But film is a collaborative medium, it takes a village – sometimes a small town – to make one – no one person is more responsible than anyone else. Which is why it’s baffling that writers usually get completely ignored – we’re sometimes left out of the press, the interviews, the editing, the screening, film festivals – and festival brochures -, reviews – it’s like we don’t exist.
Directors don’t help us here, either.
One of the more unpleasant aspects of the film world is the ‘possessory credit’. You’ll know it as ‘A Film By Bob Person’, or ‘A Bob Person Film’, or ‘Bob Person’s Film Title’. That’s in addition to their normal ‘Directed by Bob Person’ credit – they get two credits for doing one job! It makes it seem as if they created the whole film by themselves, without any help from anyone. It’s a huge insult to the entire cast and crew.
The possessory credit is even cheekier when they didn’t write or originate the story. Bennett Miller directed Foxcatcher – script by E. Max Frye and Dan Futterman, based on a true story, but somehow it’s ‘a film by Bennett Miller’. He did the same for Moneyball, written by Steve Zaillian and Aaron Sorkin, story by Stan Chervin, based on a book by Michael Lewis, and based on a true story, but again, it’s a film ‘by’ Bennett Miller. ‘By’! How is it ‘by’ him? And yet he’s praised for his storytelling skills, because people think that directors do everything.
How have things worked out for you?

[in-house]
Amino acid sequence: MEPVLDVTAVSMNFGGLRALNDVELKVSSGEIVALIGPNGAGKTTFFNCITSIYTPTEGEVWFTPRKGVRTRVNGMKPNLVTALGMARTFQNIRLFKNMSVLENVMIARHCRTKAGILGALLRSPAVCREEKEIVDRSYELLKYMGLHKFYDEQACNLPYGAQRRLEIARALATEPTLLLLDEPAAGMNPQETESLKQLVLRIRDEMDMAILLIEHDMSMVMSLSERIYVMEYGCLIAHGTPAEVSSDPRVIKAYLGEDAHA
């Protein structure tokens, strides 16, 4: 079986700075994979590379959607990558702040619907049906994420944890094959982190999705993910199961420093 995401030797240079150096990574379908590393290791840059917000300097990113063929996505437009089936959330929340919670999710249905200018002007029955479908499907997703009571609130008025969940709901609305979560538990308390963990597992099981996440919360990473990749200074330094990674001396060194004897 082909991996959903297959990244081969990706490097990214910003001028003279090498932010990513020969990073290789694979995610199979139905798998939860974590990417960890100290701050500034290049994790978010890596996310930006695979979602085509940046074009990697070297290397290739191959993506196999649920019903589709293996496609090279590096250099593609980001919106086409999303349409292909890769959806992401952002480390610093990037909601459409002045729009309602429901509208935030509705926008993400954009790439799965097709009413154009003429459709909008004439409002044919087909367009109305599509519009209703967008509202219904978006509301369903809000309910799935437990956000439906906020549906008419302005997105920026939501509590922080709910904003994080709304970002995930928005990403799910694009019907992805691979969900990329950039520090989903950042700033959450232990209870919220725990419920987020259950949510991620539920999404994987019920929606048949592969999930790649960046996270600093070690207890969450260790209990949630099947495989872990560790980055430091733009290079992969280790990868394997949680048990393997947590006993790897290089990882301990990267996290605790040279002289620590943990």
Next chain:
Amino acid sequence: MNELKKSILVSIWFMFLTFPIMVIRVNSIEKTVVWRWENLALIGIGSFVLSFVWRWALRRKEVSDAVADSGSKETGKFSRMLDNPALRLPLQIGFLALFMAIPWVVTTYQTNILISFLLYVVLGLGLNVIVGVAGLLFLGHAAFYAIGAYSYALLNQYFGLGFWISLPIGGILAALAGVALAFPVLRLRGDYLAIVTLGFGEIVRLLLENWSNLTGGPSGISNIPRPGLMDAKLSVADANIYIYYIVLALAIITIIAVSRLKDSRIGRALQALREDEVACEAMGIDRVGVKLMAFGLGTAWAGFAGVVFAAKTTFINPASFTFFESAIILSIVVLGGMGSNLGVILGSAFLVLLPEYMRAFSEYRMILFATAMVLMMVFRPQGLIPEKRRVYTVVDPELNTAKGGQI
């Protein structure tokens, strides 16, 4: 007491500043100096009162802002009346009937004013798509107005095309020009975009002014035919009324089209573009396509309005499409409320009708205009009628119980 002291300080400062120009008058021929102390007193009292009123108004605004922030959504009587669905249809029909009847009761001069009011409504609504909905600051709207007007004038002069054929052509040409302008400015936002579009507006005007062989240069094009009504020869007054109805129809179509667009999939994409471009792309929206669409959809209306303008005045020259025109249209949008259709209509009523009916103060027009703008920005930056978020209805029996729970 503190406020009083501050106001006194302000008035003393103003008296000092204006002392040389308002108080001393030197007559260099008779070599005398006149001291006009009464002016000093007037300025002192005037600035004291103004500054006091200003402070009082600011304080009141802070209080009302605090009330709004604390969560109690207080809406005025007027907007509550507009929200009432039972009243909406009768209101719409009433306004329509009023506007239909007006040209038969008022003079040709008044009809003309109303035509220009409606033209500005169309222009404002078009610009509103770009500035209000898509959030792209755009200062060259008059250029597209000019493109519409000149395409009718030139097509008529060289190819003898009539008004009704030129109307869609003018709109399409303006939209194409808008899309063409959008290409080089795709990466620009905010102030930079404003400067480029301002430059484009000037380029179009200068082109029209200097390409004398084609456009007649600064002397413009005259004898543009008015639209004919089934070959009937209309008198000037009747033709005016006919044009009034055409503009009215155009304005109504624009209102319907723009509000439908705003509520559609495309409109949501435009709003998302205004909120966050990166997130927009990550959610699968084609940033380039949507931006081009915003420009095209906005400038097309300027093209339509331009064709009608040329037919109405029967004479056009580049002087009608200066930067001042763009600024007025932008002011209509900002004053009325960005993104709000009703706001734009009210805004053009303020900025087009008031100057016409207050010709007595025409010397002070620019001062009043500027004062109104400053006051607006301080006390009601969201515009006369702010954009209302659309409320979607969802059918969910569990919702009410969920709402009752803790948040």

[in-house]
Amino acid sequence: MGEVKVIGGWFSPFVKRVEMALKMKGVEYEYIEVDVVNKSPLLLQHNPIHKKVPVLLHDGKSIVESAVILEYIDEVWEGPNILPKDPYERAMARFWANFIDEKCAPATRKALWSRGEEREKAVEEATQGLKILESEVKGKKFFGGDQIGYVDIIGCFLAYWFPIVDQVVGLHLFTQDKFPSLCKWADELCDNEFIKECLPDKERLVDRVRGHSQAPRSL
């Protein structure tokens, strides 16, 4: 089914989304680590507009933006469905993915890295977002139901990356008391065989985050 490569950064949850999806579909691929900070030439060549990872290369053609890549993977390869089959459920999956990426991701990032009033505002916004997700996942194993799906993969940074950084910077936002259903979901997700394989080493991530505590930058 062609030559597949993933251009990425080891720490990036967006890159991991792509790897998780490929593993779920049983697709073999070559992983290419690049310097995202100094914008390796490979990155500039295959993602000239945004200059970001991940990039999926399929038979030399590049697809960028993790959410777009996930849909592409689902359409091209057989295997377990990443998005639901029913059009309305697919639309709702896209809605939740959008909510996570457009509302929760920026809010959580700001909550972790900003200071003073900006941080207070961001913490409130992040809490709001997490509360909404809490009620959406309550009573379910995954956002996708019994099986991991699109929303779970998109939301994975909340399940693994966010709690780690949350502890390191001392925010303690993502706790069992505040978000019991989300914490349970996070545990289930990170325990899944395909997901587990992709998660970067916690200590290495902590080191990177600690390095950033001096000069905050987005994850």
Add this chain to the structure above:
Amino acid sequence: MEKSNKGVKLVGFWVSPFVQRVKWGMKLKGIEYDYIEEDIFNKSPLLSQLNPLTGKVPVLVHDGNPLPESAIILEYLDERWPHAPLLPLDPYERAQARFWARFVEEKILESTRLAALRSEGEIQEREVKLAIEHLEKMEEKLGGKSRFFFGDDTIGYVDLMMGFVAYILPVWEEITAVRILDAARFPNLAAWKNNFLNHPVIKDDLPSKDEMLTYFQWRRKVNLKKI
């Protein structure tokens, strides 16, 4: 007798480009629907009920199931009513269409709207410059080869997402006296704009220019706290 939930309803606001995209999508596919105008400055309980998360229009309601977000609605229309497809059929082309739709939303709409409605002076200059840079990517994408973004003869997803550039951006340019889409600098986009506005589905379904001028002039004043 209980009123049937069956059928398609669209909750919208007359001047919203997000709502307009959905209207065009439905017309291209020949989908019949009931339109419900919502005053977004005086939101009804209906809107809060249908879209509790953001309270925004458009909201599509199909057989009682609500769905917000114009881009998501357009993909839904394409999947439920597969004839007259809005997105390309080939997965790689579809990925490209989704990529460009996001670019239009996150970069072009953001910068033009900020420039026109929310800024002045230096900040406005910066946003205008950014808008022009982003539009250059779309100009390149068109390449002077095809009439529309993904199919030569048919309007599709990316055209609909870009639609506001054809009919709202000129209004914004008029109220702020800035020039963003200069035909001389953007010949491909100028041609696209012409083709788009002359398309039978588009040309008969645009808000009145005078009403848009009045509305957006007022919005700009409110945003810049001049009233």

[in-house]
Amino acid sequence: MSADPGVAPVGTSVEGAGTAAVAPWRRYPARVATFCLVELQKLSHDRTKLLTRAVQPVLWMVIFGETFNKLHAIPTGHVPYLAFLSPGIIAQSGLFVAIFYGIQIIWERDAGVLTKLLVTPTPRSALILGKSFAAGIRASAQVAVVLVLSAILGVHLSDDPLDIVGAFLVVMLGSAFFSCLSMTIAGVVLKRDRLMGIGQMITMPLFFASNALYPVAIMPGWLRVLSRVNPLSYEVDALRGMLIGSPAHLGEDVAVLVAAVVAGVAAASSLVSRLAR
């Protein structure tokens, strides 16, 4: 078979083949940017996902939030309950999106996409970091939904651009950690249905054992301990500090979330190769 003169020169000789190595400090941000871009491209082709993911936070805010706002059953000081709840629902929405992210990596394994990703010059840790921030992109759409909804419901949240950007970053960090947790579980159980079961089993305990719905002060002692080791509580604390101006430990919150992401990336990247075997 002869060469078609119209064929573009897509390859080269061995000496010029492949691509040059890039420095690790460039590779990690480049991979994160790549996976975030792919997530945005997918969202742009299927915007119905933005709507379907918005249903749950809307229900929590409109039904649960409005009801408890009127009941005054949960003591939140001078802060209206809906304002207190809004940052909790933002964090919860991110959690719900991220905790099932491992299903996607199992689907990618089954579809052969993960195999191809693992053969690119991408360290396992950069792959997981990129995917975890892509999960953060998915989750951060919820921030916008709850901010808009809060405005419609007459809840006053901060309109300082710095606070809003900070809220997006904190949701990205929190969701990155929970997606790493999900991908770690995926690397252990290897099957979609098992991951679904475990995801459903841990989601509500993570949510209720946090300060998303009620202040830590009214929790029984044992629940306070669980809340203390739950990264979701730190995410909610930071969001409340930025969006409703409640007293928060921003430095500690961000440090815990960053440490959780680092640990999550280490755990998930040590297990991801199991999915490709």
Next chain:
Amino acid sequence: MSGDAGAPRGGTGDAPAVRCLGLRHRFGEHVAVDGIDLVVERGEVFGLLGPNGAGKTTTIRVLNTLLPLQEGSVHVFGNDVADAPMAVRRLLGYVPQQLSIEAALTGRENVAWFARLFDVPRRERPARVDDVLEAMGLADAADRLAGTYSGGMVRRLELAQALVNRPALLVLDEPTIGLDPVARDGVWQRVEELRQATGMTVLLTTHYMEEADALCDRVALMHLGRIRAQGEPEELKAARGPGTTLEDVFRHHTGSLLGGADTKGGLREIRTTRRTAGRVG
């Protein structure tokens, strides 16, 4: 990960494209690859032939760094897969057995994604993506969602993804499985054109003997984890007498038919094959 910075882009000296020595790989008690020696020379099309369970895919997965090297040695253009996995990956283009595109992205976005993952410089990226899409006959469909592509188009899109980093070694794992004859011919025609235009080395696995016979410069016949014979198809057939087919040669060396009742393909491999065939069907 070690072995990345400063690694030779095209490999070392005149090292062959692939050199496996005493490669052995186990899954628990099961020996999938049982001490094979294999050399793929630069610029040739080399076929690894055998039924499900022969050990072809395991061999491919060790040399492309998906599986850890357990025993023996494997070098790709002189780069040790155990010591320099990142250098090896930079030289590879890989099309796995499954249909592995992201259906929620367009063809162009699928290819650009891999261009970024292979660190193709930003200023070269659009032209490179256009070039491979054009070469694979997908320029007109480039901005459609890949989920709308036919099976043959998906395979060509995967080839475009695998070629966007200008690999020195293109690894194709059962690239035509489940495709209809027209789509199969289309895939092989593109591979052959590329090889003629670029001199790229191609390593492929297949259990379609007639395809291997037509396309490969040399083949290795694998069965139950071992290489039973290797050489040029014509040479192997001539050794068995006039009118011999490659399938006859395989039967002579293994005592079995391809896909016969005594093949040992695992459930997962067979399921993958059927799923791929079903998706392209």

On my first film, I wasn’t even invited to the press interviews, until the director found out and insisted I be added to the list. You’d think that when interviewing the people who made the film, they might want to talk to the person who made the story up out of their head from nothing. I know, crazy, right?
This is why, when a film is successful, a lot of the time the director will get more work based on that success. Everyone else who worked on it, including the writer, is left behind. The director is seen as the main creative force. This is why, after one or two movies – sometimes even a short film – directors are handed the reigns to massive budget movies, and encouraged to come up with the story themselves. And the trouble with a lot of directors, as the saying goes, is that they all think they can write.
Can you capture why this matters so much to you?
Yes. I realise all this isn’t exactly a life or death crisis, but it affects all writers, our jobs, and our chances of getting the next job. All we have in this business is our name, our credits – the more we get sidelined and ignored, the less we’re seen as the people who actually write the damn things. I try to make as much noise as possible so that people know what writers do, and who did what. Hence this interview!
So the next time you get excited about Bob Person’s new movie, you might want to check out who wrote Bob’s previous one, and follow their career instead!
James Moran, thank you very much.